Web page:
- PSC report could be straw that breaks some premiers' backs
- Art in a sling: Breaking walls and building a nation in paint and print
- Fighting graft with faith: Western Cape religious leaders talk corruption
- Basic education: Some gloom, some doom and a mountain still to be done
- SA's new political tool: Freedom of Cape Town for the Obamas
- Education: Waiting for the dam to burst
- Mthethwa to challenge Western Cape community safety bill
- Public sector unions and government set on a collision course
- Cabinet's mid-term report card: F for fail
- Despite objections, government stands by e-tolling
- Zwelinzima Vavi: Political consciousness leaves quietly
- E-education: A virtual dream for many public school students
- Cape Town's vision 2040
- The Spear: Black anger and white obliviousness
- Employment: Western Cape model provides glimmer of hope
- Brainstorm: The state of income inequality in South Africa
- Reporter's notebook: Decoding the Democratic Alliance
- As one struggle continues, the other should not be forgotten
- Analysis: The youth wage subsidy should not go the way of the nationalisation debate
- Another internecine war rocks the government
- Analysis: DA's young Turks tackle the race issue
- Despite indications to the contrary, South Africa's democracy is growing up
- South Africa: War criminals' holiday destination no more?
- Africa goes hi-tech: But where are all those keen investors?
- A warning for mankind: Beware the new Big Brother
- Gents, rape isn't a thing that only other men do
- Partisan dust-up over rights of the disabled goes nowhere
- Eish, DA!
- SA news media: under pressure AND under magnifying lens
- The ANC and the battle for the 'born-frees'
- Fighting shadows: How money corrupts the ANC - and its plan to stop it
- Analysis: Will the ANC seriously consider party funding this year?
- Zuma is worst president ANC has ever had
- Tough lessons for Zille from refugee tweet debacle
- Top 10 battles raging within the tripartite alliance
- Cosatu defends 'principled position' at secrecy bill hearings
- Protests are a sign of ignorance of democracy's power
- Zimbabwe torture victims turn to SA courts
- The turbulent waters of the NPA's Zim email-strom
- Ladies and gentlemen, the contemplative Ms Mazibuko
- Refugee reactions show that South Africans stand apart from Africans
- Analysis: Steep learning curve for alliance in Western Cape
- Race is just a useful marker to distinguish the worthy from the unworthy
- UCT's admissions policy unearths middle-class black angst
- Analysis: Vavi hangs Zuma out to dry
- NGO hauls Motshekga to court over school infrastructure
- Cosatu also exploits the poor out of self-interest
- Cape Town ready for Cosatu city centre shut down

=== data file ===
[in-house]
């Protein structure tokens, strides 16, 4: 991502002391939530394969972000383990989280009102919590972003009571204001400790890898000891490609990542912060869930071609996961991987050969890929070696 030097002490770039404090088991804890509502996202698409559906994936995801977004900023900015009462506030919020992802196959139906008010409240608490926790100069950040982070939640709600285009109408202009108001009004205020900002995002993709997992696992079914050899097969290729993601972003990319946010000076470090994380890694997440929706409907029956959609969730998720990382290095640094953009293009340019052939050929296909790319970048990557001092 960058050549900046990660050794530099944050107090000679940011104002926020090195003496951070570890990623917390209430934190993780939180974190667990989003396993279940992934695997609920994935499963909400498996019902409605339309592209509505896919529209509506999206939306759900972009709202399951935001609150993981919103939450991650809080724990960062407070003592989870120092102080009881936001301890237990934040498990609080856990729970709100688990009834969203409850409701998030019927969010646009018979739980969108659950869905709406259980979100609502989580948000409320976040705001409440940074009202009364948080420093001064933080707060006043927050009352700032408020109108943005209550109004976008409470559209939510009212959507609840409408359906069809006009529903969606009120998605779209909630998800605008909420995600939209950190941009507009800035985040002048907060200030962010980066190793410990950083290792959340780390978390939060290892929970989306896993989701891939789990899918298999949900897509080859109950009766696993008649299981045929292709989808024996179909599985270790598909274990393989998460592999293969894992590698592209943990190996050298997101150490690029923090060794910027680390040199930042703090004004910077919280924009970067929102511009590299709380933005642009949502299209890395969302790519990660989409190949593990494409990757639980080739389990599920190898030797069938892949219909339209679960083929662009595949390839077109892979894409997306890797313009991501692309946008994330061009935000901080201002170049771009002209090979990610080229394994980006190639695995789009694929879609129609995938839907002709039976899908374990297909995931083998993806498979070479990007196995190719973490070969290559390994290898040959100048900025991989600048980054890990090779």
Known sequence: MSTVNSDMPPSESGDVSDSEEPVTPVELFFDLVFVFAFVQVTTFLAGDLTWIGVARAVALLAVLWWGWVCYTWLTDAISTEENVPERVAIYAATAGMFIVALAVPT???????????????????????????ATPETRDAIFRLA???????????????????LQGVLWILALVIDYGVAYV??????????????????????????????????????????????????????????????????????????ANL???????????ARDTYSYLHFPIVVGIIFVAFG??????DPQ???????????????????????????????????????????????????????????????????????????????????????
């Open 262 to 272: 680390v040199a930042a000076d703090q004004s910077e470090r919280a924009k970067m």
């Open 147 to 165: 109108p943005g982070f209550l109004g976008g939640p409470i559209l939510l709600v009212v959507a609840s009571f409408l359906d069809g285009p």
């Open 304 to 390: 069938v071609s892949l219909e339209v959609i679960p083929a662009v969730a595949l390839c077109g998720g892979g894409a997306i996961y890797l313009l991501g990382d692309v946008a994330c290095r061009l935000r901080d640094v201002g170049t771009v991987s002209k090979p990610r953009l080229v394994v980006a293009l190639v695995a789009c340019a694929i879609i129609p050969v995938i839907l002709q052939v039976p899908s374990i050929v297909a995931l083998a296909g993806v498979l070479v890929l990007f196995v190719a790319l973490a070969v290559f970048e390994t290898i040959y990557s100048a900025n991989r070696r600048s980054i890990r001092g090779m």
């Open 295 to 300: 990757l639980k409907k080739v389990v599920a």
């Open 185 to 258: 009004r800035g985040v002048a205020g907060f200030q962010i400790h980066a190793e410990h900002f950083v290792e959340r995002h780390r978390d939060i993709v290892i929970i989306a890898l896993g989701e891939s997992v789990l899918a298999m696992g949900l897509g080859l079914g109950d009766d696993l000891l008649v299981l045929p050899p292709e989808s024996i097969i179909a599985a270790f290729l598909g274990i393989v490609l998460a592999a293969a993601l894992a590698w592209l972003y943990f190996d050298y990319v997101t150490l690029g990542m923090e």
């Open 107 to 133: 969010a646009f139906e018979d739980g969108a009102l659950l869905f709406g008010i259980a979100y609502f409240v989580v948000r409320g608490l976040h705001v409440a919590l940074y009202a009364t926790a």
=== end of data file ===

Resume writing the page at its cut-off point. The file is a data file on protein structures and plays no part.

- Eastern Cape pupils picket for libraries and sanitation
- Wednesday: Over 35,000 expected in Cape Town CBD instalment of Cosatu-led nationwide protest
- Frivolous comparisons to apartheid are the only thing worse than apartheid
- Analysis: Radebe's egg-dance fails to impress as bumpy road awaits
- Analysis: The Constitutional Court is the next cow to the abattoir
- How voters' right to know is bought and sold in SA
- Helen Zille's sore spot
- Sex and sexuality in a time of societal malaise
- Cosatu takes anti-corruption fight to Free State
- Cosatu and corruption, the phantom menace
- Eat, the beloved country
- Who will take responsibility?
- Cape Town, world racism capital 2011?
- The ANC has only itself to blame for bad press
- New adult channel stokes South Africa's porn conundrum
- Carrots, sticks and Zille's latest HIV misstep
- Analysis: Just how liberal is the DA?
- Russell Tribunal deliberates Apartheid Israel amid "kangaroo court" claims
- Mogoeng's first day on the job
- Never mind creation, Gordhan's mini-budget focuses on job retention
- There is, thankfully, a Pedi word for big 'misunderstanding'
- Malema’s economic freedom lecture: Swansong or come-back hit?
- African leaders meet to talk job creation and labour standards
- Diversity a trump card as more endorsements come in for Mazibuko
- Rights groups cry foul as South Africa resumes deportations of undocumented Zimbabweans
- The day of the Archbishop's ire
- The DA's surprising proposal on domestic worker rights
- Mazibuko's star rises as she outlines her plan for the DA parliamentary caucus
- ANALYSIS: The Western Cape takes the thought leadership in job creation - now all we need is action
- ANC makes U-turn on secrecy bill - and lives to tell the tale
- Secrecy bill: to be or not to be - we're about to find out
- President's day of fun and amusement in Parliament
- Public Protector on participatory democracy, secrecy bill and her office's powers. And the country in trouble.
- Vettel victorious at Monza
- WikiLeaks cables go public, unfiltered
- Sisulu stands by decision to appoint Yengeni to defence review committee
- Vettel leads home a Red Bull 1-2 at Spa-Francorchamps
- Belgian Grand Prix: Preview
- Democratic Alliance eyes 2014 national elections with economic policy promise
- Analysis: Time for a fresh look at SA's global competitiveness
- Analysis: Missing history, lacking context bring back the great white-tax debate